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A Day at New York’s BMW Guggenheim Lab: A Grassroots Example of Creative Urban Development

Category: open culture+Uncategorized+urban social design+⚐ EN

In Manhattan, on the corner of Houston and 2nd avenue, there sits an empty lot between two brick buildings. For nearly a century, the lot has existed as a eye-sore for its neighbors, and a nest for lower east side rats. However, today it exists, cleared, paved and transformed into the temporary host of the BMW Guggenheim lab.

Between gratified walls, a massive steel structure, flat screen monitors and a speaker’s podium hosts guests and events that critique and inspire new ideas about 21st century creative urbanism. I had been meaning to visit the BMW Guggenheim lab since, while in Germany this past summer, a friend told me about it’s opening. After New York, the structure and monitors will be traveling to Berlin, and then on Mumbai. In fact, the structure and events are scheduled to travel around the world to 9 major cities for the next 6 years.

And what will become of the lot on Houston and 2nd? As I am currently researching the temporary use of vacant urban spaces, this question had been on my mind. I arrived in New York, serendipitously in time for the “What’s Next” discussions at the Lab. it turns out, the vacant lot owns a history of transformation efforts that extend beyond this past summer and BMW or the Guggenheim’s involvement. First Street Green, a local community organization made up of neighbors and friends of the area, has been trying to clean up and redesign the lot as community space for several years.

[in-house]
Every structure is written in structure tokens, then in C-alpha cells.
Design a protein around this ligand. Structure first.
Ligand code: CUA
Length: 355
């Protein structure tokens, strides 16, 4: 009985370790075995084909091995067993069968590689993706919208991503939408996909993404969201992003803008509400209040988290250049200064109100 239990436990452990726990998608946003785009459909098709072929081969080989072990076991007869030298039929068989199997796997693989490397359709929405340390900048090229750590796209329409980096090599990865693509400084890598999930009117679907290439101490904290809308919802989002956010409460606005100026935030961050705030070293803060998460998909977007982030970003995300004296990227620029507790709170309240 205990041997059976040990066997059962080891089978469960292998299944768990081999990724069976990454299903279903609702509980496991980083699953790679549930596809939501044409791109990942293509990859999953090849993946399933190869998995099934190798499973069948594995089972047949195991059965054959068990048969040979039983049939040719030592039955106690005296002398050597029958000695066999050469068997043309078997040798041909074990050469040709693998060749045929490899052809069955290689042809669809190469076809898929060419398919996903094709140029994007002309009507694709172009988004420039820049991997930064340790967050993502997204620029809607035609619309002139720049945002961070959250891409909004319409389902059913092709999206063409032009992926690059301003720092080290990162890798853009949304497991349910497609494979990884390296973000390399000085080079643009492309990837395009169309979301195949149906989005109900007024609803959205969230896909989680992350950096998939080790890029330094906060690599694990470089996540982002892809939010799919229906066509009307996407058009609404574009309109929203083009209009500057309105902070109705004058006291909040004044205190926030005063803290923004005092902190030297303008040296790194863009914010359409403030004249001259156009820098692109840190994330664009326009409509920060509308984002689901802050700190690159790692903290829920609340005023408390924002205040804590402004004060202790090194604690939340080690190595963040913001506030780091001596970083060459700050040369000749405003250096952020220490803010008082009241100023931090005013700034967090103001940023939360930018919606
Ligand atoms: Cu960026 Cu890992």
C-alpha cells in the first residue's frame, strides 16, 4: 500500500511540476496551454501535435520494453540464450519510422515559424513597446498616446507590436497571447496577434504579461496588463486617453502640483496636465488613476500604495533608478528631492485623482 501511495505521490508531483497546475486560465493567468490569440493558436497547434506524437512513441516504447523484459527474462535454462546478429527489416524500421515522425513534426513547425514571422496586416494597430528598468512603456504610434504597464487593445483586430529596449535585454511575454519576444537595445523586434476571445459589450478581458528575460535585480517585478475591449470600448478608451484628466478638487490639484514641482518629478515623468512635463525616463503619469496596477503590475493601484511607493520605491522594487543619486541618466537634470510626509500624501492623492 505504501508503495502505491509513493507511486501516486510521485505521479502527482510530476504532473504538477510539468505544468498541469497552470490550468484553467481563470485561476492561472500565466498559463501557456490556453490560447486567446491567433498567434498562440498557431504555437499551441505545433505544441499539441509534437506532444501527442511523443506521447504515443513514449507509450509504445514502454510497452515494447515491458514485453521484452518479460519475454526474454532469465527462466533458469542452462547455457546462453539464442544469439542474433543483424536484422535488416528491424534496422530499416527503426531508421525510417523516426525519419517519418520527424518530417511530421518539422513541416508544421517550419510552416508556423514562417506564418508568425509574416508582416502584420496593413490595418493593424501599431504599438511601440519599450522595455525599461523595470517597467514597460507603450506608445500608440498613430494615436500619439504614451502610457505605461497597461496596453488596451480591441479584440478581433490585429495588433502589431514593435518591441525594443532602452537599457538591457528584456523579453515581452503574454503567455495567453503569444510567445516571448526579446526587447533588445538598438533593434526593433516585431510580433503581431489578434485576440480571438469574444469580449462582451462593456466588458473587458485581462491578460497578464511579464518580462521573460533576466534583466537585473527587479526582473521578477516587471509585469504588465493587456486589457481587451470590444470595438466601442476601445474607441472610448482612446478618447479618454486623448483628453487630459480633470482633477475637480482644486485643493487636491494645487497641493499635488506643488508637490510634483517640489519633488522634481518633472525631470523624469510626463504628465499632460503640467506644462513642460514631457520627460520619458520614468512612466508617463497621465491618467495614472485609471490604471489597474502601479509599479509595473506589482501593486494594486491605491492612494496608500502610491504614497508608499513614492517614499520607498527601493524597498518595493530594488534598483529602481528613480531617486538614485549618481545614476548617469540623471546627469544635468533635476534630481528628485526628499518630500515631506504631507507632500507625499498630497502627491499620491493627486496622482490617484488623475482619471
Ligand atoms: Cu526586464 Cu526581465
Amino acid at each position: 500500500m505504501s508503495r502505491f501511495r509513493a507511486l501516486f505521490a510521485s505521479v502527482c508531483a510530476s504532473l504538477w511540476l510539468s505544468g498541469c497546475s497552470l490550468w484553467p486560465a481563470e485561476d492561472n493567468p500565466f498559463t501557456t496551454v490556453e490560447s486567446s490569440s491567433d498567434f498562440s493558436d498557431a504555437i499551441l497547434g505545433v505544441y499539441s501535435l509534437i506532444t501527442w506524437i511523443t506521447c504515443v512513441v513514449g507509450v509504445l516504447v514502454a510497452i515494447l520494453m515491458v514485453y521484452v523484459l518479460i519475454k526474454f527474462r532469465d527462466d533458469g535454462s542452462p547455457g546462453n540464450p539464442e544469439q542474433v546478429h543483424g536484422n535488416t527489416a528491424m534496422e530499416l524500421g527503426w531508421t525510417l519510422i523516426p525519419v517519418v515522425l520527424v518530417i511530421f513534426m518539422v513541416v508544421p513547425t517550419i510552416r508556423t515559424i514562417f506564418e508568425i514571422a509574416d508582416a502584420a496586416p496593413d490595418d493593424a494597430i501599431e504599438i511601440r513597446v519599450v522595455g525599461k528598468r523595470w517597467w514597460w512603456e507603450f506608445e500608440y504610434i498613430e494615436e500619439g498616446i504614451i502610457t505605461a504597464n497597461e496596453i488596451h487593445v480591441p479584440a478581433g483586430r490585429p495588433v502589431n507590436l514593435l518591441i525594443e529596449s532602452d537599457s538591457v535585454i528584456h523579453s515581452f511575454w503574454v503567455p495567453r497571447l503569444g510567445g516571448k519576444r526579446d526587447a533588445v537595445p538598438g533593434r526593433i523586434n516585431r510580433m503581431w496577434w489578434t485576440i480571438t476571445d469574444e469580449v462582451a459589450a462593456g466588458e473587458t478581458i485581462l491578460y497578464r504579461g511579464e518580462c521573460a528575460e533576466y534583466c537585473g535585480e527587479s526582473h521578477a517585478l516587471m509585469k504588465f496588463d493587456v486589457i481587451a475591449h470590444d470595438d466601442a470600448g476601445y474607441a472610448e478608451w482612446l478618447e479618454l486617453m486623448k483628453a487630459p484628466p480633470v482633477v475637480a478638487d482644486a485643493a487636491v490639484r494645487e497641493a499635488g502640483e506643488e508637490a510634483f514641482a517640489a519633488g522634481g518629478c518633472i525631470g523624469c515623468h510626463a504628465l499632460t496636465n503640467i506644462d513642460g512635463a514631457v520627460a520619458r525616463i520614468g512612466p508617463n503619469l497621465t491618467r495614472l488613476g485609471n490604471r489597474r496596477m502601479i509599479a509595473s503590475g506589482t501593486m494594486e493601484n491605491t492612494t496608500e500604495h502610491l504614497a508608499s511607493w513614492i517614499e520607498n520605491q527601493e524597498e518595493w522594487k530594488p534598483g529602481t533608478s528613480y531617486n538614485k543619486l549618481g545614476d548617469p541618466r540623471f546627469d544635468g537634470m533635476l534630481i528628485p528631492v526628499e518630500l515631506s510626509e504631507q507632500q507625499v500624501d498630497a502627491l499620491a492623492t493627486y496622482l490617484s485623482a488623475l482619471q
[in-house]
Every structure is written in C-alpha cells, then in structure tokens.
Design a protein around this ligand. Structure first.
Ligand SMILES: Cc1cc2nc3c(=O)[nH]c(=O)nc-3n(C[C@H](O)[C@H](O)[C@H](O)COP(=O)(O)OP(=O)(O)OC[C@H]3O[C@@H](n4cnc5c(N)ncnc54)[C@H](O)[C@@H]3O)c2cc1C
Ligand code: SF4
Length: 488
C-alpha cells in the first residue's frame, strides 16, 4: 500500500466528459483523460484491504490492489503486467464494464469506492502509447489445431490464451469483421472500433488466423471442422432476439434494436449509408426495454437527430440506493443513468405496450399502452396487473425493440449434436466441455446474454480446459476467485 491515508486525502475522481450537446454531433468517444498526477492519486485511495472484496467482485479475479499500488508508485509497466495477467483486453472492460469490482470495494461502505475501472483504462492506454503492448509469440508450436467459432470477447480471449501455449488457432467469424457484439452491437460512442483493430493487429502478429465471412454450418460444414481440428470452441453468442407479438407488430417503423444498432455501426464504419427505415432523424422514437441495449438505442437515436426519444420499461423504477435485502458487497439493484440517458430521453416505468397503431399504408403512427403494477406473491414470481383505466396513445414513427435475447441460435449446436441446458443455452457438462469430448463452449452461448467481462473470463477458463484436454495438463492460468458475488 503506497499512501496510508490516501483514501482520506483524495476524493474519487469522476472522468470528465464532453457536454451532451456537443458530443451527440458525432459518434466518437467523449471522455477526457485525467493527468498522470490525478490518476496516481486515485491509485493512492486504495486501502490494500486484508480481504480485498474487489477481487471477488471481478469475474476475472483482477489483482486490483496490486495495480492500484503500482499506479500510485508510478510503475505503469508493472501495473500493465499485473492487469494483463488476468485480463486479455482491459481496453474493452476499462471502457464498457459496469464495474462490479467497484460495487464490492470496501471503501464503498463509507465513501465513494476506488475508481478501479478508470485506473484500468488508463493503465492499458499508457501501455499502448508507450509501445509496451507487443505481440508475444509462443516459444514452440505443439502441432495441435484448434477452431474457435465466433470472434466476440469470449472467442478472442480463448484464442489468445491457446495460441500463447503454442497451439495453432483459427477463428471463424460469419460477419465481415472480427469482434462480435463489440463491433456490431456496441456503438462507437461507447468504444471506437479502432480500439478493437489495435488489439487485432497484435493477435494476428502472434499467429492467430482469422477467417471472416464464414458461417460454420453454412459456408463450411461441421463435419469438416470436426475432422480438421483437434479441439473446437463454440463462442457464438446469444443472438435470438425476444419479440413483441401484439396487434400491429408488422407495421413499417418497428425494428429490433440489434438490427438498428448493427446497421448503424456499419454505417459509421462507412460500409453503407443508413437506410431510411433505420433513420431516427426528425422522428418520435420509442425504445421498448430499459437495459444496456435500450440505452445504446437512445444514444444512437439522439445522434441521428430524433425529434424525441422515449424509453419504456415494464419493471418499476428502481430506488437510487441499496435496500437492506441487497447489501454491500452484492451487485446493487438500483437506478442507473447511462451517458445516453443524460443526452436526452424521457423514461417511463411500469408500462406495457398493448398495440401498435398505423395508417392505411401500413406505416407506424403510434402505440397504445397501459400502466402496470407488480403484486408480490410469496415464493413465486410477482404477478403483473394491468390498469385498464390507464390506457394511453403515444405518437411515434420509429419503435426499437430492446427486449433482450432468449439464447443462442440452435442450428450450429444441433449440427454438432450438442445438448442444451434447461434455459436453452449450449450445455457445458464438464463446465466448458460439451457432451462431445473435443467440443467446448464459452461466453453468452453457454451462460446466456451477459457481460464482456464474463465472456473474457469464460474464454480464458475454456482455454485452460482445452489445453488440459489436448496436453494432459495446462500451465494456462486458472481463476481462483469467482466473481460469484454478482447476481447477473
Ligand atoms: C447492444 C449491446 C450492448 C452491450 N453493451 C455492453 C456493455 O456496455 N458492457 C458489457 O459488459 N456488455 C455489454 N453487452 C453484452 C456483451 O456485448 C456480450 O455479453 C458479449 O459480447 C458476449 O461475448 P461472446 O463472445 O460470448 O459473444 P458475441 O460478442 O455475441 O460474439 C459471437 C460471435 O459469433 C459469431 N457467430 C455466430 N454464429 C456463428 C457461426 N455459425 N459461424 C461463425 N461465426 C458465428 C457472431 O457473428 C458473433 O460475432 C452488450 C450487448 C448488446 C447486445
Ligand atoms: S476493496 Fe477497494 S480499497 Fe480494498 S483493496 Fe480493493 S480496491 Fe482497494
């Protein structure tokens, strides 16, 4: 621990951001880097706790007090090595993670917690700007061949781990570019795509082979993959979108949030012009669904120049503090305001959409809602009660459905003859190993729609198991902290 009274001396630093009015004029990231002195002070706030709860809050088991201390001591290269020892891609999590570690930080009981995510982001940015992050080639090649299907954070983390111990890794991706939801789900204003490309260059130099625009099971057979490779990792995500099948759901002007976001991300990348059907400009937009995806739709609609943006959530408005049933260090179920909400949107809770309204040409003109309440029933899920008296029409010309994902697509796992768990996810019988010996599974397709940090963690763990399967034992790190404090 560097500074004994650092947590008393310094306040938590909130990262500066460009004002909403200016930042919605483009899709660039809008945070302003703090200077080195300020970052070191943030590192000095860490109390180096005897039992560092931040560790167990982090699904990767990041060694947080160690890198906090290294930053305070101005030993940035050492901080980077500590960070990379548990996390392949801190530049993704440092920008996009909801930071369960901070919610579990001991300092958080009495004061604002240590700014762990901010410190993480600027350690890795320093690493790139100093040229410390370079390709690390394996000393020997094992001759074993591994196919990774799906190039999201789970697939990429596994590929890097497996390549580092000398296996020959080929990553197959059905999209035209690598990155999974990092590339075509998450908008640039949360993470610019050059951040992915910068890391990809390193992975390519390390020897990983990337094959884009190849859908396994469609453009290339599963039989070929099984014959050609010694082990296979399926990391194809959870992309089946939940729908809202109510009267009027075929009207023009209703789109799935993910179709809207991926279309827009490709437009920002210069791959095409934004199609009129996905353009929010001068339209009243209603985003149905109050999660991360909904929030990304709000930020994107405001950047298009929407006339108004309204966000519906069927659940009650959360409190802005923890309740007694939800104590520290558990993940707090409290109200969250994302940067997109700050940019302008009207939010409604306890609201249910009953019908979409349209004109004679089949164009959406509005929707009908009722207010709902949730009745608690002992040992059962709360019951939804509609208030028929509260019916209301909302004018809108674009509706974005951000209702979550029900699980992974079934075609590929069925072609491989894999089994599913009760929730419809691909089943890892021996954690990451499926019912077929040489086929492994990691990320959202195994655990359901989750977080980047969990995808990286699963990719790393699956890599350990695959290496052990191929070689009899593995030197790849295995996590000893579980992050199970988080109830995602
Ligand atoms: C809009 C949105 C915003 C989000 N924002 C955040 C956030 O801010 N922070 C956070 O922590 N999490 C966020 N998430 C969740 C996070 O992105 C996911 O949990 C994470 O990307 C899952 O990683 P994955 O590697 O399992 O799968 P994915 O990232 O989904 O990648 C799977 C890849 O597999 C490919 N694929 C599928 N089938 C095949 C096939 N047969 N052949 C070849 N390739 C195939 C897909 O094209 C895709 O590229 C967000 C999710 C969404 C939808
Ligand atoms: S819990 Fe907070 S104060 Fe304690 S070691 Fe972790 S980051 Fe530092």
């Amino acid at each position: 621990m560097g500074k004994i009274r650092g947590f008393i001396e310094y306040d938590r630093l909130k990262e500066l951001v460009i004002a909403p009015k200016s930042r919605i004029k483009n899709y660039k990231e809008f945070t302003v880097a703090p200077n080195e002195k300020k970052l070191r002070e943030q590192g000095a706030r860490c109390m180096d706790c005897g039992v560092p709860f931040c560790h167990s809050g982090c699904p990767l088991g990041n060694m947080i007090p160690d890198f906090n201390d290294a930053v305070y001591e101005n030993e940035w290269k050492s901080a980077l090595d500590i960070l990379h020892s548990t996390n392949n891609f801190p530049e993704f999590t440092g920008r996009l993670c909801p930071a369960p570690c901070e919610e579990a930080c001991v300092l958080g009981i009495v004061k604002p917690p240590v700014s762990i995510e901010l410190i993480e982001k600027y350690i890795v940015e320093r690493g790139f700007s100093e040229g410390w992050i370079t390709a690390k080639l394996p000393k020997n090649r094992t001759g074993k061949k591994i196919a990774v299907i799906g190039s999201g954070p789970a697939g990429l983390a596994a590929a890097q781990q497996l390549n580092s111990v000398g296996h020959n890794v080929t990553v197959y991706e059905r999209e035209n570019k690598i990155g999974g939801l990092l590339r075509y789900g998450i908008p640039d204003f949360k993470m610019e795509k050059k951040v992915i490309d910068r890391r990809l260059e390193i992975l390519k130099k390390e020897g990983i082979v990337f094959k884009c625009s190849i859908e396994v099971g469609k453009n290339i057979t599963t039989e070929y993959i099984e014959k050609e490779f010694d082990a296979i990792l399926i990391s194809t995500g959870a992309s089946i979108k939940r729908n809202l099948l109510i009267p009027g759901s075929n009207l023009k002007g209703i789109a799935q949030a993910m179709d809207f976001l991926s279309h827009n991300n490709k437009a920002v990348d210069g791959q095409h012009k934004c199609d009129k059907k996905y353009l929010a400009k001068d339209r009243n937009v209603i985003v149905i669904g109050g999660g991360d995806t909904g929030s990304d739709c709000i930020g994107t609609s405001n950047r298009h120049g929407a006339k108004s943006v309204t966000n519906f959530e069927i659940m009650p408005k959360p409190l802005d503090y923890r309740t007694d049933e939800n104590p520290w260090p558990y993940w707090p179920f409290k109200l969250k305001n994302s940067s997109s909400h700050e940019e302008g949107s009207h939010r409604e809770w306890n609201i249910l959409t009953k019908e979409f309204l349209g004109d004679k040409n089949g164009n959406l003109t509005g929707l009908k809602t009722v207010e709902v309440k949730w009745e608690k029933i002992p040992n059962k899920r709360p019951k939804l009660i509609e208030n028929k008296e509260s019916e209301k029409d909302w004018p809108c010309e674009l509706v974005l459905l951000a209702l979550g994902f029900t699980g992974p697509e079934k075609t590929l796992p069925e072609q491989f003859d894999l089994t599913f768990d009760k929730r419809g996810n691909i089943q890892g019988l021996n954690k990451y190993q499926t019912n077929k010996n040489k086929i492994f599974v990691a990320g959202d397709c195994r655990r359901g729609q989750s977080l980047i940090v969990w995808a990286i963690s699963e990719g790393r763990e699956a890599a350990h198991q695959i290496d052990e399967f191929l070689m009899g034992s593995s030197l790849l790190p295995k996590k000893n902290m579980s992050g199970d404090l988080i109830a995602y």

I choose the right time to visit. The day’s events kicked off with an address from First Street Green’s President, Robert Graf, who spoke a bit about the history of the 33 East first street site and their efforts to work with New York City Parks and Recreational facilities (who has owned the property since the mid 20th century) to clear and adapt the space to neighborhood needs. Next, friends of First Street Green, architects Jorge Prado and Silva Ajemian of Todo Design, presented a potential blueprint for the future of the site. Melding local neighborhood interests and the larger interests of New York City, they suggested a simple split-level architectural design: half community center and half park-space that would integrate the activities on the bustling Houston street with the first street neighborhood.

Then a representative from Art in the Parks, a project headed by the Department of Art and Antiquities, gave a presentation about the type of sculptures and installations that have been showcased throughout New York’s parks in the past. This presentation was meant to suggest the potential for the space to be used for arts viewing. A young, neighborhood boy raised his hand – and then the real discussions began. “What about the kids?” He asked, “we don’t want to look at sculptures, we want to play sports in our neighborhood”. It was quickly acknowledged that whatever becomes of the space, it will have to meet the needs of the surrounding residents, first and foremost.